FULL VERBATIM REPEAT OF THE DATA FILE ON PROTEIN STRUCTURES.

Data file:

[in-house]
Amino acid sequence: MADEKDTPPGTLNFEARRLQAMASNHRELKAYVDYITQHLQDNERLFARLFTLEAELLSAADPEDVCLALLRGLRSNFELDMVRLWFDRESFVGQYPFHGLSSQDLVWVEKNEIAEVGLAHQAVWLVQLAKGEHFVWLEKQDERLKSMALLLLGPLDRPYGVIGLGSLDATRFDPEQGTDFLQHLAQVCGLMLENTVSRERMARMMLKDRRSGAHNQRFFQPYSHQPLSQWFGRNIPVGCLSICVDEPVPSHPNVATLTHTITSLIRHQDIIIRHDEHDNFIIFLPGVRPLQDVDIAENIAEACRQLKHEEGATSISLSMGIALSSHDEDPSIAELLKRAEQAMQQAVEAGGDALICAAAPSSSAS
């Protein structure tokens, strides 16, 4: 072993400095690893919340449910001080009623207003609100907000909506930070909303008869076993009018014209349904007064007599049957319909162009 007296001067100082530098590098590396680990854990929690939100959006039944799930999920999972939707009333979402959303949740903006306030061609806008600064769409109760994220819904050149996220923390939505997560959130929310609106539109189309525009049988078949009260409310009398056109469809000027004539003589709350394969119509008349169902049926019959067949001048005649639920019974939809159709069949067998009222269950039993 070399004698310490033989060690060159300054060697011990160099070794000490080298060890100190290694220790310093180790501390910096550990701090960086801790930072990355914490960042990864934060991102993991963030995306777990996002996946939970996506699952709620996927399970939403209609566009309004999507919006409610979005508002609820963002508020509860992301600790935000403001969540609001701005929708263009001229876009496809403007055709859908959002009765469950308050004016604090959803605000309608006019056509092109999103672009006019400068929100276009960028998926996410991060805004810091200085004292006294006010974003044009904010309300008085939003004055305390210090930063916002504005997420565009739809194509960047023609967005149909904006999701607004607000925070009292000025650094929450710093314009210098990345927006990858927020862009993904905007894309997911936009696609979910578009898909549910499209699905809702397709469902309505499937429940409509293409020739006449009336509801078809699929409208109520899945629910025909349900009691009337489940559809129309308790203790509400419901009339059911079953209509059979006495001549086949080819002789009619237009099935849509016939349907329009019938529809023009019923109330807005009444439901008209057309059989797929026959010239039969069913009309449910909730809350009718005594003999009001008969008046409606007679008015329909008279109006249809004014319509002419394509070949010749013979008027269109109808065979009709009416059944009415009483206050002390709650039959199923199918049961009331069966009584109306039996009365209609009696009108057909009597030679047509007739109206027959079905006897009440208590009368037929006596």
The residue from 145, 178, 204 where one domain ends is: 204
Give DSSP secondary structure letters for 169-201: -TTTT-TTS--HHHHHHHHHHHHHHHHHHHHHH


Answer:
[in-house]
Amino acid sequence: MADEKDTPPGTLNFEARRLQAMASNHRELKAYVDYITQHLQDNERLFARLFTLEAELLSAADPEDVCLALLRGLRSNFELDMVRLWFDRESFVGQYPFHGLSSQDLVWVEKNEIAEVGLAHQAVWLVQLAKGEHFVWLEKQDERLKSMALLLLGPLDRPYGVIGLGSLDATRFDPEQGTDFLQHLAQVCGLMLENTVSRERMARMMLKDRRSGAHNQRFFQPYSHQPLSQWFGRNIPVGCLSICVDEPVPSHPNVATLTHTITSLIRHQDIIIRHDEHDNFIIFLPGVRPLQDVDIAENIAEACRQLKHEEGATSISLSMGIALSSHDEDPSIAELLKRAEQAMQQAVEAGGDALICAAAPSSSAS
């Protein structure tokens, strides 16, 4: 072993400095690893919340449910001080009623207003609100907000909506930070909303008869076993009018014209349904007064007599049957319909162009 007296001067100082530098590098590396680990854990929690939100959006039944799930999920999972939707009333979402959303949740903006306030061609806008600064769409109760994220819904050149996220923390939505997560959130929310609106539109189309525009049988078949009260409310009398056109469809000027004539003589709350394969119509008349169902049926019959067949001048005649639920019974939809159709069949067998009222269950039993 070399004698310490033989060690060159300054060697011990160099070794000490080298060890100190290694220790310093180790501390910096550990701090960086801790930072990355914490960042990864934060991102993991963030995306777990996002996946939970996506699952709620996927399970939403209609566009309004999507919006409610979005508002609820963002508020509860992301600790935000403001969540609001701005929708263009001229876009496809403007055709859908959002009765469950308050004016604090959803605000309608006019056509092109999103672009006019400068929100276009960028998926996410991060805004810091200085004292006294006010974003044009904010309300008085939003004055305390210090930063916002504005997420565009739809194509960047023609967005149909904006999701607004607000925070009292000025650094929450710093314009210098990345927006990858927020862009993904905007894309997911936009696609979910578009898909549910499209699905809702397709469902309505499937429940409509293409020739006449009336509801078809699929409208109520899945629910025909349900009691009337489940559809129309308790203790509400419901009339059911079953209509059979006495001549086949080819002789009619237009099935849509016939349907329009019938529809023009019923109330807005009444439901008209057309059989797929026959010239039969069913009309449910909730809350009718005594003999009001008969008046409606007679008015329909008279109006249809004014319509002419394509070949010749013979008027269109109808065979009709009416059944009415009483206050002390709650039959199923199918049961009331069966009584109306039996009365209609009696009108057909009597030679047509007739109206027959079905006897009440208590009368037929006596």
The residue from 145, 178, 204 where one domain ends is: 204
Give DSSP secondary structure letters for 169-201: -TTTT-TTS--HHHHHHHHHHHHHHHHHHHHHH